Editor's Note: Invincible Iron Man #6 arrives in stores tomorrow, October 8.
And thus ends "The Five Nightmares," Matt Fraction's first story arc in Invincible Iron Man. And I got to say it went out with a bang, both literally and figuratively.
Picking up directly following last month's cliffhanger, this issue begins with Zeke Stane thinking himself the winner in a battle of brawn vs. Tony Stark, but you soon come to find out he is horribly mistaken. I mean who really thought Tony might go out that easily? Well in true Tony Stark fashion he planned ahead for this fight and gets Zeke caught in his checkmate. I thought the plot development for how Tony evades death was actually rather inspired and a great use of the Iron Man mythos. It makes complete sense and actually feeds into how Stark is great at multi-tasking and using every available resource at his disposal. I won't spoil it here, but it's a pretty bad-ass reveal.
What follows is basically an epic fight scene that takes up most of the issue's page count. Even though this battle includes fists flying, it's more a match of wits as Tony monologues to himself about his foe's nature as well as the type of hero he has to become to fight terrorists like Stane. In a lot of ways Tony Stark and Zeke Stane's relationship mirror that of Superman and Lex Luthor's. Like Luthor, Zeke Stane has the cognitive capacity and brain power to actually make a difference, but he chooses to expend his resources and smarts on petty things like getting rich. I really like what this story arc has done for Stane's character, and I hope to see him continue to be built up and become Tony's true equal and nemesis. None of this Mandarin crap.
I also enjoyed the art in this issue more than I usually do because most of the issue is spent on a bunch of Iron Men kicking the crap out of Stane, who is also encased in a suit. I do feel the art drops exponentially once Tony and Stane continue the battle outside their respective armors, as well as every time the scene cuts to Pepper or Maria Hill feedings Tony intel. However, by the time Tony strips from his Iron Man armor the story is so tense and moving at such a fast pace that the lacking art never pulls you out of the story. I just think Larroca needs to put a little more definition into his figures to help guide the rest of his art team, namely Frank D'Armata, his colorist. If you look at the panel of Tony sans armor hovering over a beaten and bloody Stane, you will notice that Tony's chest is defined completely by Frank D'Armata. Larroca simply drew where pecks and abs are supposed to be and moved on. I think that's a really sloppy move for a penciller/inker to make and the final product shows it. D'Armata is doing the best he can from the simple outlines and in trying to compensate for Larroca's lack of definition, D'Armata over does the coloring and every human figure looks like a plastic doll.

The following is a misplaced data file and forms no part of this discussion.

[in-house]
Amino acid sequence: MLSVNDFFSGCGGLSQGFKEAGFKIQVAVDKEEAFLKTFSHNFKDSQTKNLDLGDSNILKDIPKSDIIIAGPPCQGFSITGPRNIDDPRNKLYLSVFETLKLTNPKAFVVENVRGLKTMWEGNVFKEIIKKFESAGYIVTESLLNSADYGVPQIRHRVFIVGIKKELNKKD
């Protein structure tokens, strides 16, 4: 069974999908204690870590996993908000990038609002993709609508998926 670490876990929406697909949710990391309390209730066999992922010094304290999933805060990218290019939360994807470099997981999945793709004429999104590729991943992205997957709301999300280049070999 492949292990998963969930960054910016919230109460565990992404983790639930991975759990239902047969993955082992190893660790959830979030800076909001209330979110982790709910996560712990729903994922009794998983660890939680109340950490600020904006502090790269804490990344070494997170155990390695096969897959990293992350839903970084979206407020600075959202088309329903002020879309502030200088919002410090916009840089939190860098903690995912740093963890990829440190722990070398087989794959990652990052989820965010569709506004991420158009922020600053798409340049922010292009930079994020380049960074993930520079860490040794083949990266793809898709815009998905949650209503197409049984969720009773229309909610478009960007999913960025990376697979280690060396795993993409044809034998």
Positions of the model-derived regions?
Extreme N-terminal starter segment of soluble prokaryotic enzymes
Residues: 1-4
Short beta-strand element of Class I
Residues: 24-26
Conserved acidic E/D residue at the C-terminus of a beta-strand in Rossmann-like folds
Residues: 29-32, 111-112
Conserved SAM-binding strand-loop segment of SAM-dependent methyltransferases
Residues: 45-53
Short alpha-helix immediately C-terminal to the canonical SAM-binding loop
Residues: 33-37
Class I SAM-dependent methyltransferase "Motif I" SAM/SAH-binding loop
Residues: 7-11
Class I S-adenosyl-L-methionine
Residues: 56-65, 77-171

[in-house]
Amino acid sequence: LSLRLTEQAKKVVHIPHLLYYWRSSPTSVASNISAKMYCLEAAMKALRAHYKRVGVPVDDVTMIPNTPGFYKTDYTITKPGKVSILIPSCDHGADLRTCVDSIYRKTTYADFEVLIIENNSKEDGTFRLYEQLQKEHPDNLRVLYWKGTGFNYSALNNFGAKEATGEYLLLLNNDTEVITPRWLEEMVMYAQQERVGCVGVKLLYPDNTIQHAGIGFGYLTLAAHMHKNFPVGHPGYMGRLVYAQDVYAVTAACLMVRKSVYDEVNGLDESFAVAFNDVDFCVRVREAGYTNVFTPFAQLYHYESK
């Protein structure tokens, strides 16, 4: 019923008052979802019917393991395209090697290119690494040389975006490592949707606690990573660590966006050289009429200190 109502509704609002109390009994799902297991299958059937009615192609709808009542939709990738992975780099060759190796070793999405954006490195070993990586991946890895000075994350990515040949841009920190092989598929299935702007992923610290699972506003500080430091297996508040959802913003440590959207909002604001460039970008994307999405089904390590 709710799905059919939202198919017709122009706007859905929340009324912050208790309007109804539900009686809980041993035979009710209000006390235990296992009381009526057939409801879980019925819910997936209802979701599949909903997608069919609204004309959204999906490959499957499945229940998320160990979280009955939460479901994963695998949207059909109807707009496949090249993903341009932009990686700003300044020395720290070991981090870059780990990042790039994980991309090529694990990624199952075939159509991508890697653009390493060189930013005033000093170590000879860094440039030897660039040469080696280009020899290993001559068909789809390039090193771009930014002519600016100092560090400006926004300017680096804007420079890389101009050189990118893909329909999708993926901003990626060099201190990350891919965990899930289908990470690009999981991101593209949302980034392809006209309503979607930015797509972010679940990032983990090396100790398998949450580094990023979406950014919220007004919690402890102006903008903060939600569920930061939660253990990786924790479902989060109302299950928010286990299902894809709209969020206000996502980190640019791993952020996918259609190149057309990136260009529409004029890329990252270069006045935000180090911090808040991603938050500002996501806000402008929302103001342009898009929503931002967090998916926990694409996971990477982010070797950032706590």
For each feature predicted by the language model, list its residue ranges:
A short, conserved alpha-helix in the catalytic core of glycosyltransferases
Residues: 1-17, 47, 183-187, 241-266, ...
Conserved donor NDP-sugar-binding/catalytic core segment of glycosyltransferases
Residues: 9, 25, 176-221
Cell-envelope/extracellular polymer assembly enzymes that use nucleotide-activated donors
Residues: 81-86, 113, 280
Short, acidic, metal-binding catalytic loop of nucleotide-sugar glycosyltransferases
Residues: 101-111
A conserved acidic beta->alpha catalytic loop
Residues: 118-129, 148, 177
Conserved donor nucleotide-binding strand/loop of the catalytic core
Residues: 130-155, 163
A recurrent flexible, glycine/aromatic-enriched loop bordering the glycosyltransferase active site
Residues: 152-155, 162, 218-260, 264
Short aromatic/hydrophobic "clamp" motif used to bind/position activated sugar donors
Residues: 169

Because this issue was mostly comprised of a fight sequence, it does read rather fast. The issue is also very well paced which makes the pages fly by even faster maybe leading you to question if your $3 was well spent. Well, I'm here to reassure you that it was. "The Five Nightmares" has been one of the better Iron Man arcs I have read in recent memory, and I hope Fraction's hot streak continues on this title so I can enjoy some more Iron Man stories of this caliber.
What did you think of this book?
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